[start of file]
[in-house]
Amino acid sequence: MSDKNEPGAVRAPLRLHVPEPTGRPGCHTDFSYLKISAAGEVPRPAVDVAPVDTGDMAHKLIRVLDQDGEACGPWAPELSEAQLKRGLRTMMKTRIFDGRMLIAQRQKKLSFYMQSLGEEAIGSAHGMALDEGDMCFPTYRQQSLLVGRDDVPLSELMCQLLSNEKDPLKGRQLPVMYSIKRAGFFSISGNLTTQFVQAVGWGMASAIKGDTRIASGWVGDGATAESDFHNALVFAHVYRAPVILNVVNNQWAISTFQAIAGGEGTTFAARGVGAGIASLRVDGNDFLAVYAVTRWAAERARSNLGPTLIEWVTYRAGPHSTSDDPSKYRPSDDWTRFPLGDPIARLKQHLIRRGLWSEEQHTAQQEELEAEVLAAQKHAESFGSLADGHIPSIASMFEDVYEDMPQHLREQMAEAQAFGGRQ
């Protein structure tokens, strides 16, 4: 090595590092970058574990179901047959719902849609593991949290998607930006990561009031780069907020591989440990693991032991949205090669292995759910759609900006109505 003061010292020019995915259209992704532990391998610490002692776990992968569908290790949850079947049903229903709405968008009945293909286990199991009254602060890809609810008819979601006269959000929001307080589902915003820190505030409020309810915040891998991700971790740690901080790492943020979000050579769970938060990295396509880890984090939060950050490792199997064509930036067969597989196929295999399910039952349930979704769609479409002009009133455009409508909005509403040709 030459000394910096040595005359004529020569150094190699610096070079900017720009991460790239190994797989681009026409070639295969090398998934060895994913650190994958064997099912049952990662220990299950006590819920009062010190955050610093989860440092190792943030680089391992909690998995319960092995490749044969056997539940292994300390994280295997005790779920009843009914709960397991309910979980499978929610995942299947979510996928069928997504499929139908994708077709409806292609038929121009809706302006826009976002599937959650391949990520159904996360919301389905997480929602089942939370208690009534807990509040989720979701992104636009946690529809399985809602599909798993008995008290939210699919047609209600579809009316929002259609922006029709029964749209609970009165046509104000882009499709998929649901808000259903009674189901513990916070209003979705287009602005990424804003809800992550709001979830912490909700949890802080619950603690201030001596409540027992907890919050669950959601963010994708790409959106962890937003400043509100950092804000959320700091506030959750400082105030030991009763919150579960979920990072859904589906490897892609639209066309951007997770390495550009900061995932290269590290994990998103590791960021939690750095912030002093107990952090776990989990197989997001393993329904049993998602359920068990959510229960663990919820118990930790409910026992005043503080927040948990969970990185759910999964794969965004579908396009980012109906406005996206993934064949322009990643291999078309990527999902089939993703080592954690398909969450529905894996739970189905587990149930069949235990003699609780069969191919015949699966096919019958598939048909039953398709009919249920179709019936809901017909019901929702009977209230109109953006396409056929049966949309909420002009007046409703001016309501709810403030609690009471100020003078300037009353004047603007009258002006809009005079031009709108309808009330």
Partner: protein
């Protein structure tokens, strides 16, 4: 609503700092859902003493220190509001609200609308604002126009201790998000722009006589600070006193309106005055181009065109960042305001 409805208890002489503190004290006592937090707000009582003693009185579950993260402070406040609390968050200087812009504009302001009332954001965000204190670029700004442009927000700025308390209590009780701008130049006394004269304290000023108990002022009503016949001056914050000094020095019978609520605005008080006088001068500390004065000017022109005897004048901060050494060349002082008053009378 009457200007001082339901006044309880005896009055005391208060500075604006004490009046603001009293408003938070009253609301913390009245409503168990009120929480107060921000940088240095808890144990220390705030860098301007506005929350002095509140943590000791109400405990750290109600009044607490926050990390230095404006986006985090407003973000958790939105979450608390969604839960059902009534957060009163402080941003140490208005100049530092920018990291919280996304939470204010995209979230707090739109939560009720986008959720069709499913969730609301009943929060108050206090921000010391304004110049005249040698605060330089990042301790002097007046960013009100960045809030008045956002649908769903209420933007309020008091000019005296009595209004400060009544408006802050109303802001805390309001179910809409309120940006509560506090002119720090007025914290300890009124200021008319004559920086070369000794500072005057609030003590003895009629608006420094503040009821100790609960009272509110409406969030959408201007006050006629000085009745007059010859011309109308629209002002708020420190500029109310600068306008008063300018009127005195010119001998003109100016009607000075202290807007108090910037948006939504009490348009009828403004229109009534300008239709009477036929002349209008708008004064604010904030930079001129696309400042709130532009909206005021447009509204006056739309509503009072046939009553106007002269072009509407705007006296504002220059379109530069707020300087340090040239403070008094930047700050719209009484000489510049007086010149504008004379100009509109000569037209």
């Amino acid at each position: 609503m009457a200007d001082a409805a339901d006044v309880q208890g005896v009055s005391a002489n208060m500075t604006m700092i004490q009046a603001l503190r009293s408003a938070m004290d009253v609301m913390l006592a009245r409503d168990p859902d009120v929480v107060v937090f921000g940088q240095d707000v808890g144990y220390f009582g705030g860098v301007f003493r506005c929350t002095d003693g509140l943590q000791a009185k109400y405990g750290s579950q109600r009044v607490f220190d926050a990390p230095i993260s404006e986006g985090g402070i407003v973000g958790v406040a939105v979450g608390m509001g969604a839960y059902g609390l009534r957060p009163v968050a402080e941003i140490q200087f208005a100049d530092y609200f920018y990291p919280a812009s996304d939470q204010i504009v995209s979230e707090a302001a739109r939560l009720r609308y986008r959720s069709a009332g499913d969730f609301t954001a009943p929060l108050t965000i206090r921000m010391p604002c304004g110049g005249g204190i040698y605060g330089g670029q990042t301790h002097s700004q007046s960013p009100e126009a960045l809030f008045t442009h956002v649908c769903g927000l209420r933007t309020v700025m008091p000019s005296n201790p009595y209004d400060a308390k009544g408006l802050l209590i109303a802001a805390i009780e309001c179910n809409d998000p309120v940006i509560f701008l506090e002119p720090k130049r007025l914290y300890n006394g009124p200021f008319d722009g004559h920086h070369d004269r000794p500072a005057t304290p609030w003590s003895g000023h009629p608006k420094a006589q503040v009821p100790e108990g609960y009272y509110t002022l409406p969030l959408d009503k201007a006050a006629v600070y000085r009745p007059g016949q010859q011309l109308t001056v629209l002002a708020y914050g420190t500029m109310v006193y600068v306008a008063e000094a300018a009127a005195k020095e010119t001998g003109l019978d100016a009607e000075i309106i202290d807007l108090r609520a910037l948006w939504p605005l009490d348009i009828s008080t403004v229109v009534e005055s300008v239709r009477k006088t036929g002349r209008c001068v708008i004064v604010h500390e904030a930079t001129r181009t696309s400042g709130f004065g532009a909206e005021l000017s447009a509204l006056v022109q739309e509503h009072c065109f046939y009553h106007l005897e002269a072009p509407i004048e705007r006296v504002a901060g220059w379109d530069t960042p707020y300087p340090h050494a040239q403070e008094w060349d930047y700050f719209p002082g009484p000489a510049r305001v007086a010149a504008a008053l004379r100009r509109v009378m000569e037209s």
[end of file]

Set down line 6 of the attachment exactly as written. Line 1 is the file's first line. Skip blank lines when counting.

């Amino acid at each position: 609503m009457a200007d001082a409805a339901d006044v309880q208890g005896v009055s005391a002489n208060m500075t604006m700092i004490q009046a603001l503190r009293s408003a938070m004290d009253v609301m913390l006592a009245r409503d168990p859902d009120v929480v107060v937090f921000g940088q240095d707000v808890g144990y220390f009582g705030g860098v301007f003493r506005c929350t002095d003693g509140l943590q000791a009185k109400y405990g750290s579950q109600r009044v607490f220190d926050a990390p230095i993260s404006e986006g985090g402070i407003v973000g958790v406040a939105v979450g608390m509001g969604a839960y059902g609390l009534r957060p009163v968050a402080e941003i140490q200087f208005a100049d530092y609200f920018y990291p919280a812009s996304d939470q204010i504009v995209s979230e707090a302001a739109r939560l009720r609308y986008r959720s069709a009332g499913d969730f609301t954001a009943p929060l108050t965000i206090r921000m010391p604002c304004g110049g005249g204190i040698y605060g330089g670029q990042t301790h002097s700004q007046s960013p009100e126009a960045l809030f008045t442009h956002v649908c769903g927000l209420r933007t309020v700025m008091p000019s005296n201790p009595y209004d400060a308390k009544g408006l802050l209590i109303a802001a805390i009780e309001c179910n809409d998000p309120v940006i509560f701008l506090e002119p720090k130049r007025l914290y300890n006394g009124p200021f008319d722009g004559h920086h070369d004269r000794p500072a005057t304290p609030w003590s003895g000023h009629p608006k420094a006589q503040v009821p100790e108990g609960y009272y509110t002022l409406p969030l959408d009503k201007a006050a006629v600070y000085r009745p007059g016949q010859q011309l109308t001056v629209l002002a708020y914050g420190t500029m109310v006193y600068v306008a008063e000094a300018a009127a005195k020095e010119t001998g003109l019978d100016a009607e000075i309106i202290d807007l108090r609520a910037l948006w939504p605005l009490d348009i009828s008080t403004v229109v009534e005055s300008v239709r009477k006088t036929g002349r209008c001068v708008i004064v604010h500390e904030a930079t001129r181009t696309s400042g709130f004065g532009a909206e005021l000017s447009a509204l006056v022109q739309e509503h009072c065109f046939y009553h106007l005897e002269a072009p509407i004048e705007r006296v504002a901060g220059w379109d530069t960042p707020y300087p340090h050494a040239q403070e008094w060349d930047y700050f719209p002082g009484p000489a510049r305001v007086a010149a504008a008053l004379r100009r509109v009378m000569e037209s």